Bronson officials on Wednesday did not indicate whether the mayor would concur and said the administration wants to hear from residents in a “robust public process” before opining.

“In regards to all of these options, I think the most important thing is for the administration to listen to the public on all of these options, because we know that there’s going to be — we’ve seen that there’s controversy on some of these things. There may not be on others, but I think it’s a little bit premature for us to say yes or no,” Adam Trombley, Bronson’s chief of staff, said.


Assembly member Forrest Dunbar and other committee members said they were frustrated that the administration would not yet give an opinion, given the looming deadlines.

The Bronson administration has switched courses a handful of times on its own winter shelter plan. Previously, it announced it would move unsheltered homeless residents at Centennial into shelters in two community recreation centers, but quickly withdrew those buildings from consideration after broad community pushback.

Uncertain future for Golden Lion

Several Assembly members said they have seen a lot of emails from residents supporting the use of the Golden Lion for housing homeless residents.

Bronson has long opposed the city’s $9 million purchase of the former hotel for a substance abuse treatment center, and his criticism of the purchase was key to his campaign for mayor. Earlier this month, after pressure from Assembly members to move forward with that project, Bronson announced he is not considering a treatment facility in the building. He said that is due to a planned $100 million state transportation project at the Seward Highway and 36th Avenue. The project is not yet funded or in the state’s transportation improvement program.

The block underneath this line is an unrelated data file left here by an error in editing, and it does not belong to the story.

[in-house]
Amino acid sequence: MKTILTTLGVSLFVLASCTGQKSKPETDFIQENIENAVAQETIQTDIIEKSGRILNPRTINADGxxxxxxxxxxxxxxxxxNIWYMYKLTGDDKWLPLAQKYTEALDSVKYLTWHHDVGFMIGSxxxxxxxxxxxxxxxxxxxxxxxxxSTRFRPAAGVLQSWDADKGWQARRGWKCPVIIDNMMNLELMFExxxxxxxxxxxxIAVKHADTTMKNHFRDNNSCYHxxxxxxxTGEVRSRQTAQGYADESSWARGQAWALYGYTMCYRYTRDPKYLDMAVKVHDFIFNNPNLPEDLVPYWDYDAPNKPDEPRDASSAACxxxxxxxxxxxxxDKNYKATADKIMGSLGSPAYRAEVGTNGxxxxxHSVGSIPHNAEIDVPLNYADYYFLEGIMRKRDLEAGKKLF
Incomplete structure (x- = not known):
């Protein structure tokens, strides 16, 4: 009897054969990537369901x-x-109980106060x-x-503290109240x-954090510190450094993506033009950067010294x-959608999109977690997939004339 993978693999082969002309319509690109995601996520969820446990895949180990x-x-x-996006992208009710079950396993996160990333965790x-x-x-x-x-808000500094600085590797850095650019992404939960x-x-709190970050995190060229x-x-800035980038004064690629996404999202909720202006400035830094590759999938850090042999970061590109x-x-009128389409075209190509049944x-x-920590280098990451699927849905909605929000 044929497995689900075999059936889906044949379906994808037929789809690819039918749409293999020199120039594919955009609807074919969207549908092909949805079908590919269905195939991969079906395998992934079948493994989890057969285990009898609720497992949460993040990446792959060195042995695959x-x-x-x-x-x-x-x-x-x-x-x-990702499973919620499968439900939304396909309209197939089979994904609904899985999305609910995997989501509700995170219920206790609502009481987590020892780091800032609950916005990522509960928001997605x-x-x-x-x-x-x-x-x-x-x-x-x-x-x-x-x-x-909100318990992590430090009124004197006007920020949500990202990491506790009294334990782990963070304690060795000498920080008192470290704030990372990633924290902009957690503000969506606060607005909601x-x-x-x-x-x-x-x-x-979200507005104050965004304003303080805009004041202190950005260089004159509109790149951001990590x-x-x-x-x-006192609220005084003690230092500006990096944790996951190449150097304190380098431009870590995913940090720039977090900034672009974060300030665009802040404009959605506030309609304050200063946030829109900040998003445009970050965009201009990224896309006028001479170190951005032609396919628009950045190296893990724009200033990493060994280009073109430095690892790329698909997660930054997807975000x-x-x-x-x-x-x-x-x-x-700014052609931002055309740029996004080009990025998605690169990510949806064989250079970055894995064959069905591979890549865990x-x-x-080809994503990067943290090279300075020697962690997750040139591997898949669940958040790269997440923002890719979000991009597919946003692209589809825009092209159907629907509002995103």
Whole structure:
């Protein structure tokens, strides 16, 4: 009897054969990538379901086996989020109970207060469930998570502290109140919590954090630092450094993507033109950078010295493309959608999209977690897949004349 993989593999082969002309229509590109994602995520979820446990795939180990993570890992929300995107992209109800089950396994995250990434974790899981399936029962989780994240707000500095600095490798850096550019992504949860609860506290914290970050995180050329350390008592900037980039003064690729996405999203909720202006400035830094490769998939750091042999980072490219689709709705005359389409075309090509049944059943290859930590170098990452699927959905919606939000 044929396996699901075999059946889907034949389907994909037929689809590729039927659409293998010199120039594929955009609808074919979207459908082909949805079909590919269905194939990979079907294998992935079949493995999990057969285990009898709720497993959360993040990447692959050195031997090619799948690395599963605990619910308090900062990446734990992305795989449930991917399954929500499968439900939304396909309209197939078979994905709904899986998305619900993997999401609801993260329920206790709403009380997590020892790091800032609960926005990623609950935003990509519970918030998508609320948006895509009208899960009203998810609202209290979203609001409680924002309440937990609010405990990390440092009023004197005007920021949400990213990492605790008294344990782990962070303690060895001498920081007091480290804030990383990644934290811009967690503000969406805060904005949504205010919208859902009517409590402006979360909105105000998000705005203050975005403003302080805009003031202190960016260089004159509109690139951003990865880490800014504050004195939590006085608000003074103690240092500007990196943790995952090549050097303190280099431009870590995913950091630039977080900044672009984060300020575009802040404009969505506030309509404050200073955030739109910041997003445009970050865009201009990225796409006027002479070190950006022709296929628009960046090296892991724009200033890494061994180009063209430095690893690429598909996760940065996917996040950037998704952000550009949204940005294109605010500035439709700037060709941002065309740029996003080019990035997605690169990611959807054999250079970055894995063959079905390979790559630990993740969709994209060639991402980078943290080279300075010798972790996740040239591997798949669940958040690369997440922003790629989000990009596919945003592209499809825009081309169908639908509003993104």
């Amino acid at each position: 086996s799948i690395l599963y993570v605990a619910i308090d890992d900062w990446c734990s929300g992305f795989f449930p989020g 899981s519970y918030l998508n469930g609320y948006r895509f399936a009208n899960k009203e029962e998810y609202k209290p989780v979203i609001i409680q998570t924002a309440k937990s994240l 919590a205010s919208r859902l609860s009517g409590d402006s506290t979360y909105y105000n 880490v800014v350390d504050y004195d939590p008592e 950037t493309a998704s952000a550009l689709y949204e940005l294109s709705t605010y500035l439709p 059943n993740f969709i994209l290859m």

In response to an inquiry in August from the mayor’s office about the project and its potential impact on the Golden Lion, Alaska Department of Transportation officials sent a letter to the city this month, according to a spokesman for the department.

Officials in the letter said the project would affect the property and has a “high likelihood” of a “total take of the property.” Previous public documents on the property and past statements from department officials indicated only the parking area would be affected.